I have been a member of UW–Madison faculty since 2006. I teach in the Human Development & Family Studies department and lead a research team in the UW Couples Lab. I currently serve as associate dean for research in the School of Human Ecology and chair the University Committee. I recently completed a term on the NIH Psychosocial Development, Risk, and Prevention (PDRP) study section.
My broad program of research has focused on the role of intimate and family relationships in shaping development across the lifespan. My studies here have capitalized on methods for assessing romantic partners’ and family members’ experiences in daily life. As an example, my colleagues and I have conducted a series of studies on the occurrence of marital conflict in families’ homes and its implications for child, parent, and family functioning. We have also documented interdependence or close connection between romantic couples as well as family members along multiple domains, recently finding congruency in spouses’ negative affect during conflict (more so for anger and hostility than for sadness and fear), and demonstrating reliable covariation in family members’ cortisol levels across the day.
I am fortunate to study other aspects of human development that are closely tied to my work on relationships and highly compelling to me, primarily for their relevance to health and well-being and potential to inform pressing societal issues. These lines of investigation have addressed breastfeeding and psychosocial outcomes, mental health symptoms, and prescription drug misuse. In addition, I collaborate with Sigan Hartley to improve understanding of marital and family outcomes in autism spectrum disorders.
My teaching interests are intimate relationships; family stress and coping; and mentoring undergraduate and graduate students in lab-based research experiences.
Papp, L. M., Drastal, K. M., Lorang, E. K., & Hartley, S. L. (2020). Mother-father physiological synchrony during conflict and moderation by parenting challenges: Findings from parents of children with autism spectrum disorder. Families, Systems, & Health. 38(4), 476–481. https://doi.org/10.1037/fsh0000525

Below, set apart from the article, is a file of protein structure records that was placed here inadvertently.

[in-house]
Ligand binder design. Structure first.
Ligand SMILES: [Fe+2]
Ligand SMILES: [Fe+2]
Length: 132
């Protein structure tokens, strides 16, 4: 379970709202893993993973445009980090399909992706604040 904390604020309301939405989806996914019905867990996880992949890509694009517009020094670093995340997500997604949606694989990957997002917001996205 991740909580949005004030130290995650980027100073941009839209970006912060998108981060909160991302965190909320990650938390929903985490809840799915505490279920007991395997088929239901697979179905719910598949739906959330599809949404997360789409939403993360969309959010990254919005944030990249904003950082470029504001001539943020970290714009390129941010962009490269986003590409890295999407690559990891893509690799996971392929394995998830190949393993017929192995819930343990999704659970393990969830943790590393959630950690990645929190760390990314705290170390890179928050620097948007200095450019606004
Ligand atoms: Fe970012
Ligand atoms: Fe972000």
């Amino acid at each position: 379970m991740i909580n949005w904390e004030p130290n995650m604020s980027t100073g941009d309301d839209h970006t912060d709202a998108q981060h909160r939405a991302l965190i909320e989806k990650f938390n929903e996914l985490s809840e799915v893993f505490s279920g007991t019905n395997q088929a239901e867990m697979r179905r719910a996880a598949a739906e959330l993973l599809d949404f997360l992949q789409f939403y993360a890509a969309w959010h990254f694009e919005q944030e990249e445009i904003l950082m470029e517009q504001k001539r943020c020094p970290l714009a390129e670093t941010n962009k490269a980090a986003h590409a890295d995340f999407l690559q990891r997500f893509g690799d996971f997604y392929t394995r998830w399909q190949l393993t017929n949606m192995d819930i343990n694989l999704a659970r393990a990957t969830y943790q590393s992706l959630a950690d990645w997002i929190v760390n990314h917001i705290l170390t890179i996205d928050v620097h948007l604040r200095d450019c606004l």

Papp, L. M., Kouros, C. D., & Curtin, J. J. (2020). Real-time associations between young adults’ momentary pain and prescription opioid misuse intentions in daily life. American Psychologist, 75(6), 761-771. https://doi.org/10.1037/amp0000648
Weaver, J. M., Schofield, T., & Papp, L. M. (2018). Breastfeeding duration predicts greater maternal sensitivity over the next decade. Developmental Psychology, 54(2), 220-227. https://doi.org/10.1037/dev0000425
Blumenstock, S. M., & Papp, L. M. (2017). Sexual distress and marital quality of newlyweds: An investigation of sociodemographic moderators. Family Relations, 66(5), 794-808. https://doi.org/10.1111/fare.12285
Papp, L. M., Cummings, E. M., & Goeke-Morey, M. C. (2009). For richer, for poorer: Money as a topic of marital conflict in the home. Family Relations, 58(1), 91-103. https://doi.org/10.1111/j.1741-3729.2008.00537.x
For a full list of publications, see Papp’s CV.
- Human Development & Family Studies
- PhD Human Ecology: Human Development & Family Studies
- PhD, Psychology, University of Notre Dame
- Clinical psychology internship, Northwestern University
- MA, Psychology, University of Notre Dame
- BS, Psychology, University of Illinois Urbana-Champaign
Office: 4136 Nancy Nicholas Hall